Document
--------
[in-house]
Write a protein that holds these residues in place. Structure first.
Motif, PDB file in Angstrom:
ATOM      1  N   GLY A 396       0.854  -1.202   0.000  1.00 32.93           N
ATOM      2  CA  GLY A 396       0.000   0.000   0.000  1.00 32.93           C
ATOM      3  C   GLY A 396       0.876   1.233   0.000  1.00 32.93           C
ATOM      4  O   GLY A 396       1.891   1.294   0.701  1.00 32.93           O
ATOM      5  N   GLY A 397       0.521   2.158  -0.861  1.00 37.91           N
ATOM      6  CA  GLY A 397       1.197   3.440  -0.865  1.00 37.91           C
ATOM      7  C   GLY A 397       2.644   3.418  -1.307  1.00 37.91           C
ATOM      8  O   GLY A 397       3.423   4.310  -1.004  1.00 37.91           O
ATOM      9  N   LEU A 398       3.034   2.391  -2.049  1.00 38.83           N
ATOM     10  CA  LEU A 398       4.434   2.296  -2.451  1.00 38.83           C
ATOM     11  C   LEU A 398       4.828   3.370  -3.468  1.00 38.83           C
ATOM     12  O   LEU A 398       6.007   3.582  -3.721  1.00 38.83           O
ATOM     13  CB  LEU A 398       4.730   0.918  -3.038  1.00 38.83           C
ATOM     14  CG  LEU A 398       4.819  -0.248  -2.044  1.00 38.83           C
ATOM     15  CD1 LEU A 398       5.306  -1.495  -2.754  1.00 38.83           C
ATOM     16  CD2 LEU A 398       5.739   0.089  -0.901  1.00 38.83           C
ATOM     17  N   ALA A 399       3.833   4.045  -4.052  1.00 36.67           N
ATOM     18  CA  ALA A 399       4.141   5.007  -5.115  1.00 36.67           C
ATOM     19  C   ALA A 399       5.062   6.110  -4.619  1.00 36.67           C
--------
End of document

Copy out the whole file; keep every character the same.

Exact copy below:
[in-house]
Write a protein that holds these residues in place. Structure first.
Motif, PDB file in Angstrom:
ATOM      1  N   GLY A 396       0.854  -1.202   0.000  1.00 32.93           N
ATOM      2  CA  GLY A 396       0.000   0.000   0.000  1.00 32.93           C
ATOM      3  C   GLY A 396       0.876   1.233   0.000  1.00 32.93           C
ATOM      4  O   GLY A 396       1.891   1.294   0.701  1.00 32.93           O
ATOM      5  N   GLY A 397       0.521   2.158  -0.861  1.00 37.91           N
ATOM      6  CA  GLY A 397       1.197   3.440  -0.865  1.00 37.91           C
ATOM      7  C   GLY A 397       2.644   3.418  -1.307  1.00 37.91           C
ATOM      8  O   GLY A 397       3.423   4.310  -1.004  1.00 37.91           O
ATOM      9  N   LEU A 398       3.034   2.391  -2.049  1.00 38.83           N
ATOM     10  CA  LEU A 398       4.434   2.296  -2.451  1.00 38.83           C
ATOM     11  C   LEU A 398       4.828   3.370  -3.468  1.00 38.83           C
ATOM     12  O   LEU A 398       6.007   3.582  -3.721  1.00 38.83           O
ATOM     13  CB  LEU A 398       4.730   0.918  -3.038  1.00 38.83           C
ATOM     14  CG  LEU A 398       4.819  -0.248  -2.044  1.00 38.83           C
ATOM     15  CD1 LEU A 398       5.306  -1.495  -2.754  1.00 38.83           C
ATOM     16  CD2 LEU A 398       5.739   0.089  -0.901  1.00 38.83           C
ATOM     17  N   ALA A 399       3.833   4.045  -4.052  1.00 36.67           N
ATOM     18  CA  ALA A 399       4.141   5.007  -5.115  1.00 36.67           C
ATOM     19  C   ALA A 399       5.062   6.110  -4.619  1.00 36.67           C